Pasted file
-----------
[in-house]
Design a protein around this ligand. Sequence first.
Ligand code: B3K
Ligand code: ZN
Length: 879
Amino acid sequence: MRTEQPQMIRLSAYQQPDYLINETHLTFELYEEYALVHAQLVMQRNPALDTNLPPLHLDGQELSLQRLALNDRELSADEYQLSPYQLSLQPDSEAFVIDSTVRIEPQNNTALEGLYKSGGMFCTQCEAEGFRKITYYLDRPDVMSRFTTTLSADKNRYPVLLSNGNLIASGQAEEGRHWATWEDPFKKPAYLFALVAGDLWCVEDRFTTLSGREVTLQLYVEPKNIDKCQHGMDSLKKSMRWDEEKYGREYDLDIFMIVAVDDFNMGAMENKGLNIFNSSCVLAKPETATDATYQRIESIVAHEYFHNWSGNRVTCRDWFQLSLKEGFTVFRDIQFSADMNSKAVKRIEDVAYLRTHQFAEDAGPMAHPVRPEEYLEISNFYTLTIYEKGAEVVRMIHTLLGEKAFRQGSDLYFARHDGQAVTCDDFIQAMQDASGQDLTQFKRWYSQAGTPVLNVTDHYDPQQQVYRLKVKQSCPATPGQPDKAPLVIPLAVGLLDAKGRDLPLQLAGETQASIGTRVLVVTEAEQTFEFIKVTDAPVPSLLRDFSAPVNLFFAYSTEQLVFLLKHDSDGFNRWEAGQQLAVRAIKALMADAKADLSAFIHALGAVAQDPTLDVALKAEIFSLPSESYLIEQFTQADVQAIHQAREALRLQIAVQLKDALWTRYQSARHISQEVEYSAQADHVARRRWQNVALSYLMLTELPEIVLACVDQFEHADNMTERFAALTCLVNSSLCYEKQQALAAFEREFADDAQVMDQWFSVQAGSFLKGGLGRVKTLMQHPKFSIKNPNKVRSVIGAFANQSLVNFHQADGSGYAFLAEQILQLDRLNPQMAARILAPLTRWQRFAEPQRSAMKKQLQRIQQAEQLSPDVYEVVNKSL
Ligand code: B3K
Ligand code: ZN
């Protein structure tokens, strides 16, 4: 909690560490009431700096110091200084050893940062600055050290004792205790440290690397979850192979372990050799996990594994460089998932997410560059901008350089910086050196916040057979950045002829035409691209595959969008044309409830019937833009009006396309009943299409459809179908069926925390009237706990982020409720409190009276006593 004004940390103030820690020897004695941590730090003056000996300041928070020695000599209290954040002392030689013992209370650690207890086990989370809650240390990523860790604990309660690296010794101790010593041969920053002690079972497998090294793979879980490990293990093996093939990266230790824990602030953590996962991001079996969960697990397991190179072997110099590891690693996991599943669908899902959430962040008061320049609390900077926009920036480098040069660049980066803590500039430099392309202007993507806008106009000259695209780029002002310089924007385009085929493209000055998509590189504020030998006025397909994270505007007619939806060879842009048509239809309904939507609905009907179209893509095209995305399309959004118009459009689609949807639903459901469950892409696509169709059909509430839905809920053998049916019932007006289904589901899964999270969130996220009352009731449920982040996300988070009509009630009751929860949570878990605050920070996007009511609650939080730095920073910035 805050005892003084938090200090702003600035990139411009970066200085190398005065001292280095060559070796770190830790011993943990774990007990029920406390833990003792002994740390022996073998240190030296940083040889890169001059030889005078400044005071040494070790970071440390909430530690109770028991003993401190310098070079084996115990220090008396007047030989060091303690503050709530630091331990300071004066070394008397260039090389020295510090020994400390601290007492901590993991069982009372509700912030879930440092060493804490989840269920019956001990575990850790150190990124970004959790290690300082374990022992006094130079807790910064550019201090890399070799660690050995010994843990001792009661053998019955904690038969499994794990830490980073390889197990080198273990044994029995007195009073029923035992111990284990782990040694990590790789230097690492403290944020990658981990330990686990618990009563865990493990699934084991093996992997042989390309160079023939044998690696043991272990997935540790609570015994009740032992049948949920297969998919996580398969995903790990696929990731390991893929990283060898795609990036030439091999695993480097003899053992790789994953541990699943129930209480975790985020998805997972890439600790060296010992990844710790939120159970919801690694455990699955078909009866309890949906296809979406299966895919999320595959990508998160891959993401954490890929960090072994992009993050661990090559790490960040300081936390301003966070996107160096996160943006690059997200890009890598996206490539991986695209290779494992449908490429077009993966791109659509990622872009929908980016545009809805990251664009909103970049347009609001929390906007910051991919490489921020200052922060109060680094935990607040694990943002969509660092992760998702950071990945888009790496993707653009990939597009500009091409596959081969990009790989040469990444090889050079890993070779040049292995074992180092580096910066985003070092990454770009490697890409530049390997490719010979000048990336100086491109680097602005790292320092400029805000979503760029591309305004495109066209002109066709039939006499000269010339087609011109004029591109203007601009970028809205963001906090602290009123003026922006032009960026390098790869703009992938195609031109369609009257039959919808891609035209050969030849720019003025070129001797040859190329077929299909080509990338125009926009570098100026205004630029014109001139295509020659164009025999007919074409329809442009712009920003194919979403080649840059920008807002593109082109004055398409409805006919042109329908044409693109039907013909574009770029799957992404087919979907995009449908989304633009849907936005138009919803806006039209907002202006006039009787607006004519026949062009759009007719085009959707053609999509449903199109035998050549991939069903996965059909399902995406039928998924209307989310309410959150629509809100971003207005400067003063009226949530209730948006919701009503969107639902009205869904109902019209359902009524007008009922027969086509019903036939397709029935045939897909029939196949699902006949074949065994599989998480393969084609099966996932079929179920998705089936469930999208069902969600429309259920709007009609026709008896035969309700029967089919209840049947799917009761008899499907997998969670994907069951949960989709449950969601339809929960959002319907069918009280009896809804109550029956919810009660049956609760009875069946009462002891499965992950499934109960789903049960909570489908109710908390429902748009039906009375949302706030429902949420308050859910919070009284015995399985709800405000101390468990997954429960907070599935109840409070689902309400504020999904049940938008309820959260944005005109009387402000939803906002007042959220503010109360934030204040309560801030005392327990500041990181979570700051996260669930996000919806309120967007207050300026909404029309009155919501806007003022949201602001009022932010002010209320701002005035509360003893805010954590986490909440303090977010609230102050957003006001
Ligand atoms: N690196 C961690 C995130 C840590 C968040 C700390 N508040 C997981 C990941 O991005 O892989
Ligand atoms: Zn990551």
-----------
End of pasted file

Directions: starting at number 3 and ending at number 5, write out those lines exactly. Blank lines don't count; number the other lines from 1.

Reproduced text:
Ligand code: B3K
Ligand code: ZN
Length: 879